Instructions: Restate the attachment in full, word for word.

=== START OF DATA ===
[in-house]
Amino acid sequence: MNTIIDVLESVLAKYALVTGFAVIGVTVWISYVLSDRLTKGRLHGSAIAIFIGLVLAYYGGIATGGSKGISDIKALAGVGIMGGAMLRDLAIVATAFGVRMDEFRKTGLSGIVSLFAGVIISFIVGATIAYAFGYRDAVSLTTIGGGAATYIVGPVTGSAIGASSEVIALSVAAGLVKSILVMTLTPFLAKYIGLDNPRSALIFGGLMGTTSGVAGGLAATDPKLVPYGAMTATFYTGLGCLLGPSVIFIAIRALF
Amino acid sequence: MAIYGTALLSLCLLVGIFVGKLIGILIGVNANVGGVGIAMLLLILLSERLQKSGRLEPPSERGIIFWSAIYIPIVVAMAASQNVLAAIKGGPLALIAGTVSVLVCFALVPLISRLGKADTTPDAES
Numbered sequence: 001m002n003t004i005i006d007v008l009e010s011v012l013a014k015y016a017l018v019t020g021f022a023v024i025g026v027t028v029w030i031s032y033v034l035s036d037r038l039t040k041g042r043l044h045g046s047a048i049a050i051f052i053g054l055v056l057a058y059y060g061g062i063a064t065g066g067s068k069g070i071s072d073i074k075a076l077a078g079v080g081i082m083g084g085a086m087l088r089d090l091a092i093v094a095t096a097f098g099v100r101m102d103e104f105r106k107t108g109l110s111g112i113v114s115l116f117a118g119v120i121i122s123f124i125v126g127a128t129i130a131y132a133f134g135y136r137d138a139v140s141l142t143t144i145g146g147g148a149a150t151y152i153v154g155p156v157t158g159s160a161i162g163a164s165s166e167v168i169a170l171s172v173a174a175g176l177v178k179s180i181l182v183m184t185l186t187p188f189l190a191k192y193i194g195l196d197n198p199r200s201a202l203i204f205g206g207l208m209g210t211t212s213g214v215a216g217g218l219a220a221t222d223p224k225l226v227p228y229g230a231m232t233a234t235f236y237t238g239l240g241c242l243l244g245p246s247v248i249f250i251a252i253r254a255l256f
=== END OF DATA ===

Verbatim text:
[in-house]
Amino acid sequence: MNTIIDVLESVLAKYALVTGFAVIGVTVWISYVLSDRLTKGRLHGSAIAIFIGLVLAYYGGIATGGSKGISDIKALAGVGIMGGAMLRDLAIVATAFGVRMDEFRKTGLSGIVSLFAGVIISFIVGATIAYAFGYRDAVSLTTIGGGAATYIVGPVTGSAIGASSEVIALSVAAGLVKSILVMTLTPFLAKYIGLDNPRSALIFGGLMGTTSGVAGGLAATDPKLVPYGAMTATFYTGLGCLLGPSVIFIAIRALF
Amino acid sequence: MAIYGTALLSLCLLVGIFVGKLIGILIGVNANVGGVGIAMLLLILLSERLQKSGRLEPPSERGIIFWSAIYIPIVVAMAASQNVLAAIKGGPLALIAGTVSVLVCFALVPLISRLGKADTTPDAES
Numbered sequence: 001m002n003t004i005i006d007v008l009e010s011v012l013a014k015y016a017l018v019t020g021f022a023v024i025g026v027t028v029w030i031s032y033v034l035s036d037r038l039t040k041g042r043l044h045g046s047a048i049a050i051f052i053g054l055v056l057a058y059y060g061g062i063a064t065g066g067s068k069g070i071s072d073i074k075a076l077a078g079v080g081i082m083g084g085a086m087l088r089d090l091a092i093v094a095t096a097f098g099v100r101m102d103e104f105r106k107t108g109l110s111g112i113v114s115l116f117a118g119v120i121i122s123f124i125v126g127a128t129i130a131y132a133f134g135y136r137d138a139v140s141l142t143t144i145g146g147g148a149a150t151y152i153v154g155p156v157t158g159s160a161i162g163a164s165s166e167v168i169a170l171s172v173a174a175g176l177v178k179s180i181l182v183m184t185l186t187p188f189l190a191k192y193i194g195l196d197n198p199r200s201a202l203i204f205g206g207l208m209g210t211t212s213g214v215a216g217g218l219a220a221t222d223p224k225l226v227p228y229g230a231m232t233a234t235f236y237t238g239l240g241c242l243l244g245p246s247v248i249f250i251a252i253r254a255l256f